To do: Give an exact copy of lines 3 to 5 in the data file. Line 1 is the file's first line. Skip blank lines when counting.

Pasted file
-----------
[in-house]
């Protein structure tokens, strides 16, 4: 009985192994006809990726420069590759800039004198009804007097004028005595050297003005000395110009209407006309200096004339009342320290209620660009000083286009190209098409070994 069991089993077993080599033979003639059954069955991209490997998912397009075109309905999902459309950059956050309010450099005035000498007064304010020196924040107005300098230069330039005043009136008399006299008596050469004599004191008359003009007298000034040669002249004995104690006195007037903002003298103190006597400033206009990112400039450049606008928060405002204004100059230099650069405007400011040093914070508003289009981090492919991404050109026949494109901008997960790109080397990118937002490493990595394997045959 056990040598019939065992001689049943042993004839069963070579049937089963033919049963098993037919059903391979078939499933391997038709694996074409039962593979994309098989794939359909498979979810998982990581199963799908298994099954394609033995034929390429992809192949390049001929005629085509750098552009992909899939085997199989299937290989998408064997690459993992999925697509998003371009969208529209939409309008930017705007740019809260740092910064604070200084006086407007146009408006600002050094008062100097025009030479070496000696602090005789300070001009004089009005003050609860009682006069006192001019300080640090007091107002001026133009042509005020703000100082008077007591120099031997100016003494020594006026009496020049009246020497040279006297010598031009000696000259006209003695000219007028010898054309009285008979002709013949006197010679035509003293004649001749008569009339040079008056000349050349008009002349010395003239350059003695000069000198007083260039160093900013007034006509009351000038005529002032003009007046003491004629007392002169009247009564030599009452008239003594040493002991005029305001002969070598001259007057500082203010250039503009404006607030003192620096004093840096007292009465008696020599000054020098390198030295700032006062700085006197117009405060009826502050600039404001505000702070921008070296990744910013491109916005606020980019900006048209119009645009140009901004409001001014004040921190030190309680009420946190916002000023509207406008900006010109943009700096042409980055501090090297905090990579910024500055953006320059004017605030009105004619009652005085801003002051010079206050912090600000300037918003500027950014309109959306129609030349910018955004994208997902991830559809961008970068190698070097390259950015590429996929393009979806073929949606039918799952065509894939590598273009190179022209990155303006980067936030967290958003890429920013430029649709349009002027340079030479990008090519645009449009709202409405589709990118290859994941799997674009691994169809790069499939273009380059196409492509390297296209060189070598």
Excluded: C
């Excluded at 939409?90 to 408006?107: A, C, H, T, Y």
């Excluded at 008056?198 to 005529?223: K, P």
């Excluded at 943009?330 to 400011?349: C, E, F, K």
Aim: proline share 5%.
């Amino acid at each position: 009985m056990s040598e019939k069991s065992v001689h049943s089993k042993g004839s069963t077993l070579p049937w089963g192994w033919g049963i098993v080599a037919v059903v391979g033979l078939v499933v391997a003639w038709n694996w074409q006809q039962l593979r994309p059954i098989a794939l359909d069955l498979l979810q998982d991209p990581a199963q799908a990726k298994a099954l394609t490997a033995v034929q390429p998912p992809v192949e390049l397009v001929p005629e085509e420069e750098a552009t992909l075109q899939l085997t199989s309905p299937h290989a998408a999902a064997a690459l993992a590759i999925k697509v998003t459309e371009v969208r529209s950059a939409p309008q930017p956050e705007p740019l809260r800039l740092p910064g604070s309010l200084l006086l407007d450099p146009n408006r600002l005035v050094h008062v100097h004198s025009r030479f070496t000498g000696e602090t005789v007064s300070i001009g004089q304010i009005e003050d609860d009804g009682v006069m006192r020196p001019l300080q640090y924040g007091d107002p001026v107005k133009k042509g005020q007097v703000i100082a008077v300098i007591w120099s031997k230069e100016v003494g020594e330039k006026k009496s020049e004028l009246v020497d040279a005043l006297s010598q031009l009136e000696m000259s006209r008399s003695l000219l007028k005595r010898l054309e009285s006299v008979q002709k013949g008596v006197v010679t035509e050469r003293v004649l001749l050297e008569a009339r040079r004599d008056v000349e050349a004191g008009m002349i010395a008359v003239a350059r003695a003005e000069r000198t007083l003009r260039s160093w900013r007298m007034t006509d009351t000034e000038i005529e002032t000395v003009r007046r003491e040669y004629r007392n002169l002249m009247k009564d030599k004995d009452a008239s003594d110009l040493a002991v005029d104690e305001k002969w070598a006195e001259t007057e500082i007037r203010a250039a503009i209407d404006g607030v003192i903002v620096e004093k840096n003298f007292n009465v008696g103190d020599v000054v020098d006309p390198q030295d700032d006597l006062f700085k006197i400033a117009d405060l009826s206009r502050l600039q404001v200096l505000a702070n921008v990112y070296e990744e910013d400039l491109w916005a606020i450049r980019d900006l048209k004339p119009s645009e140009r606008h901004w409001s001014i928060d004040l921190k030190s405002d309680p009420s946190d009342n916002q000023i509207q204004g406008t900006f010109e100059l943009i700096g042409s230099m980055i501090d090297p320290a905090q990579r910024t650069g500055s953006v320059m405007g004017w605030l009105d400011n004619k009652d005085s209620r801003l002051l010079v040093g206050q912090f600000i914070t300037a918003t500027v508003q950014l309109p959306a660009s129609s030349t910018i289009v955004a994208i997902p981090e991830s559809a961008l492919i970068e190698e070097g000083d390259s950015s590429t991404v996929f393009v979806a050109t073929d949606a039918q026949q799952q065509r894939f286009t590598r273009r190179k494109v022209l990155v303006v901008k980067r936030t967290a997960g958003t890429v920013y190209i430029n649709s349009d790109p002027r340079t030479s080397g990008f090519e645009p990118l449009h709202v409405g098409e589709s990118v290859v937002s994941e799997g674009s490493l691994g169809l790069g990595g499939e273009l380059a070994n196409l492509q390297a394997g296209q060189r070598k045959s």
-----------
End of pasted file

Excluded: C
């Excluded at 939409?90 to 408006?107: A, C, H, T, Y």
């Excluded at 008056?198 to 005529?223: K, P």